U.S. initial public offerings may raise about $40 billion in the second half of this year, more than double the amount of new equity sold in all of 2009, according to an estimate by Barclays Plc.
American companies may offer as much as $50 billion of new shares in 2010, compared with about $16.5 billion last year, Matthew Johnson, head of the global-equities syndicate for Barclays Capital, said. The investment banking unit of the London-based lender is maintaining its December forecast for deals to reach $50 billion even after initial sales totaled $8.6 billion so far this year, data compiled by Bloomberg show.
The IPO market had sputtered as the European debt crisis sent the Standard & Poor’s 500 Index down as much as 14 percent percent from its 2010 high, spurring at least 16 U.S. companies to postpone or withdraw sales since May. General Motors Co., HCA Inc. and Toys “R” Us Inc. may sell shares as early as this year after the S&P 500 erased its 2010 loss this month.
“There are lots of large, chunky deals that are out there,” Johnson said at a presentation today in New York. “Investors want sizable IPOs, they want liquidity, and they want high-quality companies, and they want it cheap.”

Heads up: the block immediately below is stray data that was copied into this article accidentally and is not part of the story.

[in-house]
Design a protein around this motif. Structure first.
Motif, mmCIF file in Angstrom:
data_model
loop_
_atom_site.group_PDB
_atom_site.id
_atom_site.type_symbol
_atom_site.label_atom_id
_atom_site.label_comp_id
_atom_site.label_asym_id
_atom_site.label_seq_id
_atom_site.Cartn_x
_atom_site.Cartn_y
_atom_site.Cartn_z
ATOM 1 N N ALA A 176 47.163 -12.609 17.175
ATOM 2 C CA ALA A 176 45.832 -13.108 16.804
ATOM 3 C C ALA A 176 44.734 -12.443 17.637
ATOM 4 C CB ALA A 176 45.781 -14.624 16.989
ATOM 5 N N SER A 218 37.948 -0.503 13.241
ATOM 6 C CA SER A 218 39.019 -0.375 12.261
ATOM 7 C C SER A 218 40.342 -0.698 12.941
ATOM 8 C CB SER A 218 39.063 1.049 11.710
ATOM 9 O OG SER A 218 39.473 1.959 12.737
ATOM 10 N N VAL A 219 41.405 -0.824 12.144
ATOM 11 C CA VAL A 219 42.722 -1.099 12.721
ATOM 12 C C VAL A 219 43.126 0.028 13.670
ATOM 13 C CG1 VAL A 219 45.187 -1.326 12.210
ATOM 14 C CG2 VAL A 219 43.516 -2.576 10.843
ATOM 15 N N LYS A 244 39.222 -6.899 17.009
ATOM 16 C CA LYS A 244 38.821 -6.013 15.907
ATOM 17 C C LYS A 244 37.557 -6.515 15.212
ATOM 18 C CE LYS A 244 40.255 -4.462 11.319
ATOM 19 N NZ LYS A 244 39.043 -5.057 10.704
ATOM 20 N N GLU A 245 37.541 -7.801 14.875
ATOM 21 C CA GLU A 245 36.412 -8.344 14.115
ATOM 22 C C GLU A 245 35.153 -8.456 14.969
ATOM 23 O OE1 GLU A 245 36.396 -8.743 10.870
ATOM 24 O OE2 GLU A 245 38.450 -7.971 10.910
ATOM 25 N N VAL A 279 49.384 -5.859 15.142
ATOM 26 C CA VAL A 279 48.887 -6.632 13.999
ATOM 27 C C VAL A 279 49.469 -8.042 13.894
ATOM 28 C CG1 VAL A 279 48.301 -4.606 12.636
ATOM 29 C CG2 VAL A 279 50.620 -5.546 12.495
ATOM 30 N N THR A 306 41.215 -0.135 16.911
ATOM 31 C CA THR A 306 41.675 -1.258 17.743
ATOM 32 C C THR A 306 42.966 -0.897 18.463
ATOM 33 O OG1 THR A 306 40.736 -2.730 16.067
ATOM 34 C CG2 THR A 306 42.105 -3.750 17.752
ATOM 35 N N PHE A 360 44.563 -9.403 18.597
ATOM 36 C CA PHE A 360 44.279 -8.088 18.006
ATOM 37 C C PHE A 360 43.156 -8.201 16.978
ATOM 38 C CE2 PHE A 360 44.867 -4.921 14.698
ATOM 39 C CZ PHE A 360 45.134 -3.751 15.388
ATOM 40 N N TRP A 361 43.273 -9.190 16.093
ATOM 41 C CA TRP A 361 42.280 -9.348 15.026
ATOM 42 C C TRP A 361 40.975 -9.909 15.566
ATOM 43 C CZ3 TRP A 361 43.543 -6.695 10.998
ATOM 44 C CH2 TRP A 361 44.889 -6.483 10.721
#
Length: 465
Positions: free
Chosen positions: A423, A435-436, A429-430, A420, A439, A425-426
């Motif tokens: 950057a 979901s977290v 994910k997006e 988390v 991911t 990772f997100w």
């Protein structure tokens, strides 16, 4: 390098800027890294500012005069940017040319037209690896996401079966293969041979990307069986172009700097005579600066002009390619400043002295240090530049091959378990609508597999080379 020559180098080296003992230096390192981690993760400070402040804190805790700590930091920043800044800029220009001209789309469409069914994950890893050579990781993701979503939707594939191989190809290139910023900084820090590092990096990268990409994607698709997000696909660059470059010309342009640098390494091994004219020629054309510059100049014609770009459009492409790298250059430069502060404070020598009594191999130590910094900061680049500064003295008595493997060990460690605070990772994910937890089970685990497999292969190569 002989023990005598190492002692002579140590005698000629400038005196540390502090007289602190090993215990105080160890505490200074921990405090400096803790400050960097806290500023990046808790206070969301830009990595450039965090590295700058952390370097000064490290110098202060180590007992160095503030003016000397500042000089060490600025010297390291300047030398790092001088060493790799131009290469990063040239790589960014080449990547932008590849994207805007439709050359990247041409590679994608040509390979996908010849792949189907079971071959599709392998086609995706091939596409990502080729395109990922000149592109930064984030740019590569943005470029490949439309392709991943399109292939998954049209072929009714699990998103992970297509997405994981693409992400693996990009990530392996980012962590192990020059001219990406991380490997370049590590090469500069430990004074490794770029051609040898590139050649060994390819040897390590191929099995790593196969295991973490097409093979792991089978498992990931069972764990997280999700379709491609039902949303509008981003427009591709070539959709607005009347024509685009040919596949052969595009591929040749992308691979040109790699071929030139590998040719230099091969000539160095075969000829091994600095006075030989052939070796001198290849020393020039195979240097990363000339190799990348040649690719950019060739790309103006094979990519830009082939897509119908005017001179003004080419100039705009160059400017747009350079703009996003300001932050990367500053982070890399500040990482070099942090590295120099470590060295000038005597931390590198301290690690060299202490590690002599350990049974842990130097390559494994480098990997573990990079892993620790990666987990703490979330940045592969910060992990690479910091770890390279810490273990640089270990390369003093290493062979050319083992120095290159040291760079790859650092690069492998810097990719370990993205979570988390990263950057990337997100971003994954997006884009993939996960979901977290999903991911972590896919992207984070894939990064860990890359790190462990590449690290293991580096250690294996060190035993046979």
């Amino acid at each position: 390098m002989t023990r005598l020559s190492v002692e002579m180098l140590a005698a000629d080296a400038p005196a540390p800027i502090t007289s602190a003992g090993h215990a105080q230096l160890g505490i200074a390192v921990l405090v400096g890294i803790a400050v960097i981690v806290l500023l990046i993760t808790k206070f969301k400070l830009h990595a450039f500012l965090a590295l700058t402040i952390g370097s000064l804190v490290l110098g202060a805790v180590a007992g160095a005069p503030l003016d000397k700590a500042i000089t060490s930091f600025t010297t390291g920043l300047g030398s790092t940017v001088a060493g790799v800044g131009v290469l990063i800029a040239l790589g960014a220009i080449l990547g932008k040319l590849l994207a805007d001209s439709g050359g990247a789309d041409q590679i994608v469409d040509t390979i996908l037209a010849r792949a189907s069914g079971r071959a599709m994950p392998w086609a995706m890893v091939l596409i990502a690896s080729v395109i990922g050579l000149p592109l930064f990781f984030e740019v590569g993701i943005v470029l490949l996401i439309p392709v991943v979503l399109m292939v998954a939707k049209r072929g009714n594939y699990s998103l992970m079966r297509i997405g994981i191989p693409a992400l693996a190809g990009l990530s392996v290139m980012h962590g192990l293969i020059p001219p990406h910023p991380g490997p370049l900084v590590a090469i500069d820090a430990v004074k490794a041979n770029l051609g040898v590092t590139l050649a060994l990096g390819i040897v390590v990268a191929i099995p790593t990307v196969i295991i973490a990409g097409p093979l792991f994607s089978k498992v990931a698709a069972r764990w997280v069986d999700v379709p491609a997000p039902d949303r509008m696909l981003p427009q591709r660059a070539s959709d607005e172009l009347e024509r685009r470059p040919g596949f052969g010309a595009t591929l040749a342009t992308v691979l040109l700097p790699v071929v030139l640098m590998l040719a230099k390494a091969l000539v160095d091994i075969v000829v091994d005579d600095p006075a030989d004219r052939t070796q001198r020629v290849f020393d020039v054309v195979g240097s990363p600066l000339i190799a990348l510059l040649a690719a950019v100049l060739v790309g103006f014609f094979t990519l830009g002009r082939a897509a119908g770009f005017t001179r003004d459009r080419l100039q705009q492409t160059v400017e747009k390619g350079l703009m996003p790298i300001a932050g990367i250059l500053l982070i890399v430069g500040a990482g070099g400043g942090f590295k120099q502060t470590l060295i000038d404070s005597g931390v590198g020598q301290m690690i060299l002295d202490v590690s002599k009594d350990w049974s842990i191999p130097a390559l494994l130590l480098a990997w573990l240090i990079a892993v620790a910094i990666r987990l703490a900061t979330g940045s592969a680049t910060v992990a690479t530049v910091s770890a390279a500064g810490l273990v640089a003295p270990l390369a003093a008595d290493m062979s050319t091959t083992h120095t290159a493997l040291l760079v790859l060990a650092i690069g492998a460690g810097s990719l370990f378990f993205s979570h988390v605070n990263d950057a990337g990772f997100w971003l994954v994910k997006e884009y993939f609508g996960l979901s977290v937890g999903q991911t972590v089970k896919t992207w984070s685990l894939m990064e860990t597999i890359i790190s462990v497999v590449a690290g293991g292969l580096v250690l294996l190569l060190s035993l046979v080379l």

Offerings in emerging countries will “continue to dominate” the IPO market in the second half of the year, according to Johnson, who did not give specific projections. Sales in Europe may increase as governments sell stakes in companies to meet budget requirements, he said.
Barclays estimated in December that IPOs globally would almost double to as much as $200 billion this year, with some of the fastest growth coming from China, India and Brazil.
Agricultural Bank of China Ltd. of Beijing, the nation’s largest lender by number of customers, may sell as much as $28 billion of shares in Hong Kong and Shanghai combined next month, surpassing Beijing-based Industrial & Commercial Bank of China Ltd.’s $22 billion deal in 2006 to become the world’s biggest IPO on record, data compiled by Bloomberg show.
GM, the Detroit-based automaker that’s 61 percent owned by the U.S. government, may raise as much as $12 billion this year in an IPO, according to an estimate by Independent International Investment Research Plc in London.
HCA, the Nashville, Tennessee-based hospital chain, filed with the Securities and Exchange Commission last month to sell as much as $4.6 billion, while Wayne, New Jersey-based Toys “R” Us will seek to raise as much as $800 million.
Barclays ranks fourth this year among underwriters for U.S. IPOs by participating in 9.1 percent of the offerings, or about $783 million. Goldman Sachs Group Inc. leads with 15.2 percent, or $1.3 billion, while Morgan Stanley had $1.1 billion and JPMorgan Chase & Co.’s total reached $1 billion, data compiled by Bloomberg show. All three firms are based in New York.